It is ironic that those who screech loudest about holocaust denial are 6 million times guiltier of being in denial of confirmed holocausts. It is because Allied holocausts are so undisputed that their only recourse is censorship ~ and denial.
Across Europe, especially in France, Germany, Italy and the Low Countries, thousands of cities and their unfortunate civilian populations was fireball incinerated. Dresden and hundreds of other cities and towns in Europe were literally turned into horrific crematories.
Many metropolis never recovered from the Allied infernos. Whatever city and town landscapes you see in Germany today is alien to what it was in our lifetime.
In respect of Dresden, the Federal Republic of Germany put the figure of dead at 35,000. This is still not enough to fill any small city’s football arena. On February 14, 1945, the Saxon city’s population, similar to that of say Liverpool, was teeming with refugees fleeing the ravishing Red Army then being urged on by Winston Churchill.
It is reasonable to assume that Dresden was host to 1,500,000 doomed souls when the first of the RAF and USAAF carpet bombing raids commenced on St Valentine’s Night 1945.
Shortly after reunification, the Dresden city administration at that time also represented the survivors’ point of view. COMPACT presents an original document of the Landeshauptstadt Dresden / Stadtverwaltung from July 31, 1992, signed by the Area Manager Karin Mitscherlich. It clearly states:
In a vain attempt to provide more credible figures a document was eventually produced that appeared to concede that 202,000 people, mostly civilians had died in the Allied crematoria:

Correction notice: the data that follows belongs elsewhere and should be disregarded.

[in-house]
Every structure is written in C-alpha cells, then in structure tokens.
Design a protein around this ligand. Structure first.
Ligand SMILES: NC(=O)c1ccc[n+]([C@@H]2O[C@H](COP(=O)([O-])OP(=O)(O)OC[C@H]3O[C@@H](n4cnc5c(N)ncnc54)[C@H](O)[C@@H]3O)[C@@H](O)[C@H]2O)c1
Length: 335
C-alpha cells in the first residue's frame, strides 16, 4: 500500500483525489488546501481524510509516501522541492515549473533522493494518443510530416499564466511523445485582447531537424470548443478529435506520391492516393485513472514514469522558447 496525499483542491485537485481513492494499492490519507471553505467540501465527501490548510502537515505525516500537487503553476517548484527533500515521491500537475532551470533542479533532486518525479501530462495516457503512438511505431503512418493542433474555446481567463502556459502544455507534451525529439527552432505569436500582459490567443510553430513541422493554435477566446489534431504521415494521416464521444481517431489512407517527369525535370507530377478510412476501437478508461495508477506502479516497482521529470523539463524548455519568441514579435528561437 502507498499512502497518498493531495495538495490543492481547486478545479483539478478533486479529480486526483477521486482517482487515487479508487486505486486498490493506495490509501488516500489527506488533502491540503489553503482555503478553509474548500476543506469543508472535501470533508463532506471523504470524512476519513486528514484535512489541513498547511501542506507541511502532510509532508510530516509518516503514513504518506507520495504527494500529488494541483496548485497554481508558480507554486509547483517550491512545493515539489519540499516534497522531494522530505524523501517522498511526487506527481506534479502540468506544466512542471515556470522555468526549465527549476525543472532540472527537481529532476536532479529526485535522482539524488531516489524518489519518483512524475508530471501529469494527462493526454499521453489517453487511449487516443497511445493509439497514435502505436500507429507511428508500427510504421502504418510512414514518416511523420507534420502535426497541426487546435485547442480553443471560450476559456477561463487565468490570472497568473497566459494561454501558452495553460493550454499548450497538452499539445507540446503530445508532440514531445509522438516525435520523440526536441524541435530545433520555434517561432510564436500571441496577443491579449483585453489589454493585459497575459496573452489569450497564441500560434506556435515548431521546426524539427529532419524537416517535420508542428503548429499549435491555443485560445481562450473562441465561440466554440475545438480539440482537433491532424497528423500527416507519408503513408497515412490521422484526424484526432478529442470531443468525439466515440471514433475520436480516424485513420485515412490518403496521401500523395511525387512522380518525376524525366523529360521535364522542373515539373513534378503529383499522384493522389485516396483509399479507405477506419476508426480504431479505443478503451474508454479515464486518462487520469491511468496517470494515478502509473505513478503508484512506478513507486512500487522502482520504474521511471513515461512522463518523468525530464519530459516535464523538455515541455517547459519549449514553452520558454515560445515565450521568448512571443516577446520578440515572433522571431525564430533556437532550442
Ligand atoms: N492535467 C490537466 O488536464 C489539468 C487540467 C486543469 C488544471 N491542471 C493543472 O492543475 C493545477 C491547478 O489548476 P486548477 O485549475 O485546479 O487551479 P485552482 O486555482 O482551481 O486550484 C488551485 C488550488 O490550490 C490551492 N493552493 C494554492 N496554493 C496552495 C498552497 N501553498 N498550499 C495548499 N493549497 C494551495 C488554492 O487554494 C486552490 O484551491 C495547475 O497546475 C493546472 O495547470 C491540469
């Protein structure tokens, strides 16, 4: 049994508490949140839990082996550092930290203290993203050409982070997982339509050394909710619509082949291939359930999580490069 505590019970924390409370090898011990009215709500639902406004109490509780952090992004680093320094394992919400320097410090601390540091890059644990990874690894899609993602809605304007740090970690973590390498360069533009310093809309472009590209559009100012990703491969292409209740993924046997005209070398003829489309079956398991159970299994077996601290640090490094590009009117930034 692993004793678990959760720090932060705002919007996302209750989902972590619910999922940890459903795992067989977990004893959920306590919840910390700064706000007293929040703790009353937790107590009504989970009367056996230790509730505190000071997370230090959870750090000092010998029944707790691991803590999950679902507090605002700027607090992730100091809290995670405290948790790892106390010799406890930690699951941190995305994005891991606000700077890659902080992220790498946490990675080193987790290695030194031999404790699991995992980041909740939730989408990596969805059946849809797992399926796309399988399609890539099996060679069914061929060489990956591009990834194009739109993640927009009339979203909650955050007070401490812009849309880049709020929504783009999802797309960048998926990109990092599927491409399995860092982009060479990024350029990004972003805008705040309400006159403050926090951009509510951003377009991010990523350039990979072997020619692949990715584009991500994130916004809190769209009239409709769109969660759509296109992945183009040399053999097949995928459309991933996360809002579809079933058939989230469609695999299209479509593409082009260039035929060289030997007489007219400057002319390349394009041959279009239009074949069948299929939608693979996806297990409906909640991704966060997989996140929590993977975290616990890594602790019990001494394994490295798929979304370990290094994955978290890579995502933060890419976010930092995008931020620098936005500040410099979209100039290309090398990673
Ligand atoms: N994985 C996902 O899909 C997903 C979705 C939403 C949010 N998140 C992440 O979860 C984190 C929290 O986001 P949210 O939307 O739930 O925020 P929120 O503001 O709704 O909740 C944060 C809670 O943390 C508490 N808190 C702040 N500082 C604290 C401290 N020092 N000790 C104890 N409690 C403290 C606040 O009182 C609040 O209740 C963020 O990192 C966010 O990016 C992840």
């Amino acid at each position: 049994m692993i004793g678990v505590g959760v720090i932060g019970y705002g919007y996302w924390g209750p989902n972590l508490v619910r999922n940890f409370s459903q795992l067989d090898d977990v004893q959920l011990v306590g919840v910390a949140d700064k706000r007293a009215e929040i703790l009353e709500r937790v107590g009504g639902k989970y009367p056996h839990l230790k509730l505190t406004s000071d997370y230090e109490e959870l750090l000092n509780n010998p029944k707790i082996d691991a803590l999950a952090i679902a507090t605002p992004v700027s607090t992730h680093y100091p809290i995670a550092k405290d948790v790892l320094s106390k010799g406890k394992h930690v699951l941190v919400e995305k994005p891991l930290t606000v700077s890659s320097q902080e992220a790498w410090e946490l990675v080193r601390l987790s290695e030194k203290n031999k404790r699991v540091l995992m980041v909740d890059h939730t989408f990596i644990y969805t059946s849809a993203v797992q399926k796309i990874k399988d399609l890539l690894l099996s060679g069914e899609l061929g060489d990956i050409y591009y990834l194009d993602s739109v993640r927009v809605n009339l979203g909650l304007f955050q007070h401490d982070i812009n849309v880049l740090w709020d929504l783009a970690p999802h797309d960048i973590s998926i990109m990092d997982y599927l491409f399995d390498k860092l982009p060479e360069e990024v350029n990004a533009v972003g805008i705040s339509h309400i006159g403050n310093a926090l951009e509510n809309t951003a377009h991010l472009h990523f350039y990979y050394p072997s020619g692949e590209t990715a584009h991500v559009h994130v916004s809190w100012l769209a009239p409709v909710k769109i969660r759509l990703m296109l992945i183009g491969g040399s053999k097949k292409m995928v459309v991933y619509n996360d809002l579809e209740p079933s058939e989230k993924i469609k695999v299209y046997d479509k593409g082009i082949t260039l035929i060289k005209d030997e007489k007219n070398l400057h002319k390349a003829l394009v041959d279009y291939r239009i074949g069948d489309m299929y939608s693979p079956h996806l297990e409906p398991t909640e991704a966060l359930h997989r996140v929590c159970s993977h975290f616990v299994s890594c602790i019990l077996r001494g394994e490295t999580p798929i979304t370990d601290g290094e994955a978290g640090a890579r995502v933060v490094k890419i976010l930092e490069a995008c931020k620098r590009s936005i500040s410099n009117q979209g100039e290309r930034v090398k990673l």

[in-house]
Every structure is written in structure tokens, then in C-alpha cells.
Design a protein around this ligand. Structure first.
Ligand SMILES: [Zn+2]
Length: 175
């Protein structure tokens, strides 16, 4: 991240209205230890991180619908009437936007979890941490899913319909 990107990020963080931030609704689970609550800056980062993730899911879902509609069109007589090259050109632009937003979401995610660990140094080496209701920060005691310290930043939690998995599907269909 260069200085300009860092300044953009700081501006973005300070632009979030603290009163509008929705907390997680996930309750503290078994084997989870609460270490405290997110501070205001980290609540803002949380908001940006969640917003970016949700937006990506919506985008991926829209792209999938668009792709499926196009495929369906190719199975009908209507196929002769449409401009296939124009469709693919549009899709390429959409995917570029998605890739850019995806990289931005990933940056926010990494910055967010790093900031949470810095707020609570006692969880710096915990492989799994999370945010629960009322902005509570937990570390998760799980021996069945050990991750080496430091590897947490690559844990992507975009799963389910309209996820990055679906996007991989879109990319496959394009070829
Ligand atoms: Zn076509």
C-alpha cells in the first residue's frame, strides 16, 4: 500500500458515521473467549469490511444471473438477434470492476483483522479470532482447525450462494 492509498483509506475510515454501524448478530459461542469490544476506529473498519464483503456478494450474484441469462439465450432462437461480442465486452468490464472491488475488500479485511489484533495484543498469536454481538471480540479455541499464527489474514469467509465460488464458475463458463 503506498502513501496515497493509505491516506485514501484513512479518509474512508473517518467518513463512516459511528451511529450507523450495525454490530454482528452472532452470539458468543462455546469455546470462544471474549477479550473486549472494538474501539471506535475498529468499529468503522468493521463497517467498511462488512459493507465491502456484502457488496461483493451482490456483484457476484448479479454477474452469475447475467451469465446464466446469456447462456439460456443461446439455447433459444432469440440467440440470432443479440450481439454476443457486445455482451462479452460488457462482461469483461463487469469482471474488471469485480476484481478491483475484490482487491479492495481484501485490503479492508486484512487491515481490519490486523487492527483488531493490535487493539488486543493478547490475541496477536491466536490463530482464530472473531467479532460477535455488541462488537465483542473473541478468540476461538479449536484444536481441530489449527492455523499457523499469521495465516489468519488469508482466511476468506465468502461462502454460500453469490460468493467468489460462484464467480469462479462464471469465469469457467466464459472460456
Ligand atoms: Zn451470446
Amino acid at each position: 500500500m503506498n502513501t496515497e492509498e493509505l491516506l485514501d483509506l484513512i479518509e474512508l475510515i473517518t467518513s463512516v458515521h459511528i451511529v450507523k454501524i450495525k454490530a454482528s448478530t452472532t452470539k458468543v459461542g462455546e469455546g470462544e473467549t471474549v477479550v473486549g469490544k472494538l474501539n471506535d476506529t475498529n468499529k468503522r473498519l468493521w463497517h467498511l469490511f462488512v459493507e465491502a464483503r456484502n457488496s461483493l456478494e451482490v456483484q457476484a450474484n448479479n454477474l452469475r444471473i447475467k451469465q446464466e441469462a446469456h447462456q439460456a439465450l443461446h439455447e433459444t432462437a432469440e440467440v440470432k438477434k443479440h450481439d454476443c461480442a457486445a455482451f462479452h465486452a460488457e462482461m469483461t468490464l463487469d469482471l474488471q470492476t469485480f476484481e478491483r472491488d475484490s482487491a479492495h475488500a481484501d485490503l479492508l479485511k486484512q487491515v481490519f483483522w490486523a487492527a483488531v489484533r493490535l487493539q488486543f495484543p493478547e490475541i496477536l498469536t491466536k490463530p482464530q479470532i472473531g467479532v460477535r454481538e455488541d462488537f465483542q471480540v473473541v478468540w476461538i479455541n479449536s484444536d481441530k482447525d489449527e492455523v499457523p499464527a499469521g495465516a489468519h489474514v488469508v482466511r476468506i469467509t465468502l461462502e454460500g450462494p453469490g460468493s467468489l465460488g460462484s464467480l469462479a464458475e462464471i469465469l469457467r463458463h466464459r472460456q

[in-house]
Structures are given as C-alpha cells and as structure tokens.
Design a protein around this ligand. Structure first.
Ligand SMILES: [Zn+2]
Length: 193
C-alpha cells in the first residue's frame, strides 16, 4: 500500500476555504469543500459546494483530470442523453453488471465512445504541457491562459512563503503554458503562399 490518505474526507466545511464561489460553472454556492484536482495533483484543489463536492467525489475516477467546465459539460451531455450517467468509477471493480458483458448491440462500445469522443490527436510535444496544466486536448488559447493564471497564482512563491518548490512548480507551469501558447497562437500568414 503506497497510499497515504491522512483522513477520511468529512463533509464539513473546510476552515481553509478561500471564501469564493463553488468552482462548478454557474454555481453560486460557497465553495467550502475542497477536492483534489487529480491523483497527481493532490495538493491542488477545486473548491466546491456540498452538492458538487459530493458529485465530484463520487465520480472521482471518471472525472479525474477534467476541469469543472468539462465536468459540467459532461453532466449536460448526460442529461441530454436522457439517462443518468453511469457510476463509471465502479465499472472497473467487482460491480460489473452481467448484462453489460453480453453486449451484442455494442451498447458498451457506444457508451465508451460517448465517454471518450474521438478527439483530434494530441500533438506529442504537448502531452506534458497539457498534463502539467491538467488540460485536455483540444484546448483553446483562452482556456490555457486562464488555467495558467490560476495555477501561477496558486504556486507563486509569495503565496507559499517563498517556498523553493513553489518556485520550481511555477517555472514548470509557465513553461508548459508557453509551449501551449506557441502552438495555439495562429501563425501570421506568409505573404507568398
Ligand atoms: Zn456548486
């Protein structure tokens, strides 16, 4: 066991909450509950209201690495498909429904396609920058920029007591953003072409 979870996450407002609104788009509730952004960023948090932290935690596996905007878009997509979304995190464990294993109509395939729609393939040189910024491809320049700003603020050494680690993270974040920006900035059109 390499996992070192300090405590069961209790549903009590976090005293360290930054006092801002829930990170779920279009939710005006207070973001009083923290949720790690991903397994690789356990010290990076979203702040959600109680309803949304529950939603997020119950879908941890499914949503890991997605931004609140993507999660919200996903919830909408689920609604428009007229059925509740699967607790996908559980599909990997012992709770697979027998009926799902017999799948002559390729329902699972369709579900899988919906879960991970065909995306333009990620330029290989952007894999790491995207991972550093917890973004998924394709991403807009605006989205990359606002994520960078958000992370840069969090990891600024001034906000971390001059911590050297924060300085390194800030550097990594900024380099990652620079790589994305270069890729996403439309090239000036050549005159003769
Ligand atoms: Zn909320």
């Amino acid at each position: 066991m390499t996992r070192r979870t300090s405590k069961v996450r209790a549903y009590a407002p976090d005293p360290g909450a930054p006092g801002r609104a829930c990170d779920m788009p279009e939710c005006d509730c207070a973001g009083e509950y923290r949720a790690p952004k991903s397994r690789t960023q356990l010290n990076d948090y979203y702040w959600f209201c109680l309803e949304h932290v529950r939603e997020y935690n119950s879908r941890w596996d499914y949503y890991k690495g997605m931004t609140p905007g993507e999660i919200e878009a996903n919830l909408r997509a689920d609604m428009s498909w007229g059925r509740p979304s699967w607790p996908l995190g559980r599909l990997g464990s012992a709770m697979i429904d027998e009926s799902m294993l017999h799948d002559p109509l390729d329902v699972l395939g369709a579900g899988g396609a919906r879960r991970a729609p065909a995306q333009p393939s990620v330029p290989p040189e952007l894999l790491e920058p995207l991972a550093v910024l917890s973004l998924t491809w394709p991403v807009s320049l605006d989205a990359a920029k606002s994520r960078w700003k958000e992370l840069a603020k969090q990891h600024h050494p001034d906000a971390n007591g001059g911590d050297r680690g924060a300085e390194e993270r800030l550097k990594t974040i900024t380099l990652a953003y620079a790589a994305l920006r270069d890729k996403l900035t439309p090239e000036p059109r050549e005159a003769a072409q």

‘According to reliable information from the Dresden police, 202,040 dead, mostly women and children, were recovered by March 20, 1945. Only 30% of these could be identified. Including the missing, a figure of 250,000 to 300,000 victims is likely to be realistic. Appalling, many of the hillocks of corpses were later misrepresented by the Allied media as victims of German internment camps.’
However, scholarly revisionism has proved that this document was fake. The false document was yet another vain attempt to sidestep the true figure of those incinerated, which could be set at four times that number who perished.
‘Dresden 1945’, has compiled a large number of sources in the chapter ‘Facts and Figures’ original documents, extracts from contemporary press releases, finds in Soviet encyclopaedias, plus testimonies from SED politicians, and in Issue published that the overwhelming majority assume over 100,000 victims of the terrorist attack.
An exact number is simply impossible because during the holocaust many of the victims were burned to ashes or literally evaporated in their cellars. The ludicrous spin on the allied spun casualty figures spurred historians on to further investigations: Corresponding new research has not yet been completed.
Concerned voices were raised about the incineration not just of this great Saxon city but of the satanic-like scale of the holocaust that was rained down on Germany, France, Italy and the Low Countries by the USAAF and RAF.